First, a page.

Spanish title: El cochecito
Country: Spain / France
Director: Marco Ferreri
Produced by Pedro Portabella for Films 59
Story and screenplay: Rafael Azcona and Marco Ferreri, based on the novel ‘El cochecito’ by Rafael Azcona
Music: Miguel Asins Arbo
Cinematographer: Juan Julio Baena
Editor: Pedro Del Rey
Art director: Enrique Alarcon
Cast: José Isbert (Don Anselmo Proharán) <in> ‘El cochecito’ <with> Pedro Porcel (Carlos Proharán), José Luis López Vázquez (Alvarito), María Luisa Ponte (Matilde), Jose A. Lepe (Don Lucas), Ángel Álvarez (Álvarez), Antonio Gavilán (Don Hilario), <and> María Isbert, María Jesús Lampreave [Chus Lampreave] (Yolanda), Mari Carmen Santonja [Carmen Santonja] (Julita), Eusebio Moreno, Tiburcio Camara, Heredia, Anteno, Antonio Jiménez Escribano, Jesusa de Castro, Andrea Moro, Manuel De Agustino, Fernando Cebreros, Miguel Muňoz <and with the collaboration of> Antonio Riquelme (Doctor). <uncredited> Rafael Azcona (the second friar), Carlos Saura (the first friar)
Anselmo (Jose Isbert) is retired civil servant who lives in a room in the small Madrid apartment he shares with his solicitor son, daughter in law and grandchildren. A widower, his social life has shrunk to almost nothing, not least of all because most of his friends have died. Among the few still surviving is Don Lucas (Lepe) who, because he is a paraplegic, is given a motorized wheelchair (known as a ‘cochecito’). When he rapidly falls in with a gang of other wheelchair users Anselmo feels excluded and, as a result, becomes insanely jealous. He decides that the only thing to do is get a wheelchair of his own, but the slight hitch with this is that they’re far beyond the budgetary constraints of his limited pension. So firstly he pretends to have lost the ability to walk in the hope that his son will pay for one and, when this fails, he begins stealing from his own family.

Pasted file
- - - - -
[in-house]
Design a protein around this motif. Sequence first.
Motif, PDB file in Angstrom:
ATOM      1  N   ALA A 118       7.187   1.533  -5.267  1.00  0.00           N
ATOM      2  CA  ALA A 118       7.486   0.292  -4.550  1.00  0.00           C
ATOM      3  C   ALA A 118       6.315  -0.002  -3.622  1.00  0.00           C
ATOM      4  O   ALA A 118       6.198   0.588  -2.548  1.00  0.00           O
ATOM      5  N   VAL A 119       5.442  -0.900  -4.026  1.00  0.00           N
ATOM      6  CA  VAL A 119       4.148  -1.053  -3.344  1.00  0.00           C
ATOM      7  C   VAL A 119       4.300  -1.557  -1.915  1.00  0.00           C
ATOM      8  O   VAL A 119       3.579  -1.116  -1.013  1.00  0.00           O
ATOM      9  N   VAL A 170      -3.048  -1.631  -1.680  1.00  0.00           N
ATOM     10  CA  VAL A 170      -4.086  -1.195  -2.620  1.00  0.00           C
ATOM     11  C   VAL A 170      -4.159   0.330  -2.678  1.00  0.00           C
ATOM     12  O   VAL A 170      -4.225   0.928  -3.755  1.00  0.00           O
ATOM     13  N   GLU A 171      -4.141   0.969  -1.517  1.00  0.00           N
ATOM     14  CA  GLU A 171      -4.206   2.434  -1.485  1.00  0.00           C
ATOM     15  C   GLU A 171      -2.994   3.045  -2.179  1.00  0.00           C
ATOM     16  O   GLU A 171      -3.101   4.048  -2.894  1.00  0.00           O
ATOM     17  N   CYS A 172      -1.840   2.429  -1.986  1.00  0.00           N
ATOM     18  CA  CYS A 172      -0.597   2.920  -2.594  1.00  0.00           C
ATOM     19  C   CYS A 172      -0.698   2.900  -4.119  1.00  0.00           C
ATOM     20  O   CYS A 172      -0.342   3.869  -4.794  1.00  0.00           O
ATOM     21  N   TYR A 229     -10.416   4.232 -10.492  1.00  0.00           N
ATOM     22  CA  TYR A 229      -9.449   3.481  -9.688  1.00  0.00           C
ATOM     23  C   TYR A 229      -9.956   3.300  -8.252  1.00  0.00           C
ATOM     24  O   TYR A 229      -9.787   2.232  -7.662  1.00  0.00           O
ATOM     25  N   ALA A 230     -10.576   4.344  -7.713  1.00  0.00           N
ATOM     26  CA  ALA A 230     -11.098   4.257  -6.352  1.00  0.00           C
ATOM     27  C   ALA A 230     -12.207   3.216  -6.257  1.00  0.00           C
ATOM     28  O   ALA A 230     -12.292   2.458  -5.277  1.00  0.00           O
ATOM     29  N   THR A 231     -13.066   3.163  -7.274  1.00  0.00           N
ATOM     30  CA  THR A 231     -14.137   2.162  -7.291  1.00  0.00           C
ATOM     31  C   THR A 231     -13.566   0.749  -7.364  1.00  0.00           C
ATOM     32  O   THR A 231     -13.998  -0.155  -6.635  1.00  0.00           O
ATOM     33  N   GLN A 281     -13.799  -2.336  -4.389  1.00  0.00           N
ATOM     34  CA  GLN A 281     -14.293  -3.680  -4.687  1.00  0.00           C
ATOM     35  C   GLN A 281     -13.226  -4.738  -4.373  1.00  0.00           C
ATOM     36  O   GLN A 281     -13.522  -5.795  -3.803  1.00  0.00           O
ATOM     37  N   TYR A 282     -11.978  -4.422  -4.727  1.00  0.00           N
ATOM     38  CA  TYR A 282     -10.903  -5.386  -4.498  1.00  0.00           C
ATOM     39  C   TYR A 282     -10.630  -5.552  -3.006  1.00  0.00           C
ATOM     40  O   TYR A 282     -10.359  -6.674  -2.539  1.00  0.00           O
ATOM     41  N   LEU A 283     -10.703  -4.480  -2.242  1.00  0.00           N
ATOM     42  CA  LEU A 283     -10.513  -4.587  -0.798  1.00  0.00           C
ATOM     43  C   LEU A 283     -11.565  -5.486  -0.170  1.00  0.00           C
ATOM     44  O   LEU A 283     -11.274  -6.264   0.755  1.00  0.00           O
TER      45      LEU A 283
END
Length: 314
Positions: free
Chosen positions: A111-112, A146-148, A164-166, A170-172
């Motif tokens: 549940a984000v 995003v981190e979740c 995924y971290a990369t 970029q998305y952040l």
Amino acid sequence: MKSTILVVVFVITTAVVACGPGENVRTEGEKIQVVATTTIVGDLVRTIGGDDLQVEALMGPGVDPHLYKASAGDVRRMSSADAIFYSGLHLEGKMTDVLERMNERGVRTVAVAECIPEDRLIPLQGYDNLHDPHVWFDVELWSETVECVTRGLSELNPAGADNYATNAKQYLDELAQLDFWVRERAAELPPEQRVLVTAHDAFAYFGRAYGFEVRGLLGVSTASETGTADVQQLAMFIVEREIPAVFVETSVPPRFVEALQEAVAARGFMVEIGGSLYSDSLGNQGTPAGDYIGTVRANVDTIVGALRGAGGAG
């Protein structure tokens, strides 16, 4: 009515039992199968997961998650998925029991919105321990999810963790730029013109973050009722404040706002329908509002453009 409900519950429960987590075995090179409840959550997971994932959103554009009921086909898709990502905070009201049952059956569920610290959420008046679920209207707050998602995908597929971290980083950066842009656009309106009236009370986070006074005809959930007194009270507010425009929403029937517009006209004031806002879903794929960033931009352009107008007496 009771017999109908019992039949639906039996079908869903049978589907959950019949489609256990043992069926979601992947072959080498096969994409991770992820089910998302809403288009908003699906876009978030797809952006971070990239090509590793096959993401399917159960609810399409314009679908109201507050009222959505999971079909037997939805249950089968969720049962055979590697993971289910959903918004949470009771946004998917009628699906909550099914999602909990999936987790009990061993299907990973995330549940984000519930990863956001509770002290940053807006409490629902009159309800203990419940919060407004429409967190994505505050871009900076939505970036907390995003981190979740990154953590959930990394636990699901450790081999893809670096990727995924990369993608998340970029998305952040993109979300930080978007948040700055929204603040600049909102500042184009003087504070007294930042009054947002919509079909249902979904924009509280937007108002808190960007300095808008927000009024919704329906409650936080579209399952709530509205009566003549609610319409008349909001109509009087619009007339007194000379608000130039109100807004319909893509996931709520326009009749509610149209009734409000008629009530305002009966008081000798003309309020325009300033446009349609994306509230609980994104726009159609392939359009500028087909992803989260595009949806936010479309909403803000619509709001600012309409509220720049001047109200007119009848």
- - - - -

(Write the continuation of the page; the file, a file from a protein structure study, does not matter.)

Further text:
El cochecito was the second collaboration between Italian director Marco Ferreri and Spanish writer Rafael Azcona, who would work on another fifteen productions together including the likes of The Ape Woman (64) and La grande bouffe (74). As with their first films together, The Little Apartment, this was based on an original story by Azcona, in this case Paralítico, as featured in the almost simultaneously released 1960 collection Pobre, paralítico y muerto.
Perhaps unsurprisingly given the idiosyncratic nature of its director, El cochetino is an unusual film in that it both gives the central role to a septuagenarian and also depicts him behaving in an extremely childish way; there’s no wisdom that comes with age here, in fact the protagonist has become more set in his ways and prone to infantile tantrums as he’s got older. But as an early film by Ferreri it’s not as outlandish and bizarre as his later works and still recognizably belongs to the Spanish comic tradition. In fact it’s often cited as an example of cinema which falls into the Esperpento style, a literary movement which was initiated by Ramón María del Valle-Inclán in the 1920s and which relied upon exaggerating or distorting reality with grotesque and ironic results, largely as a way of critiquing a society which didn’t take criticism particularly well.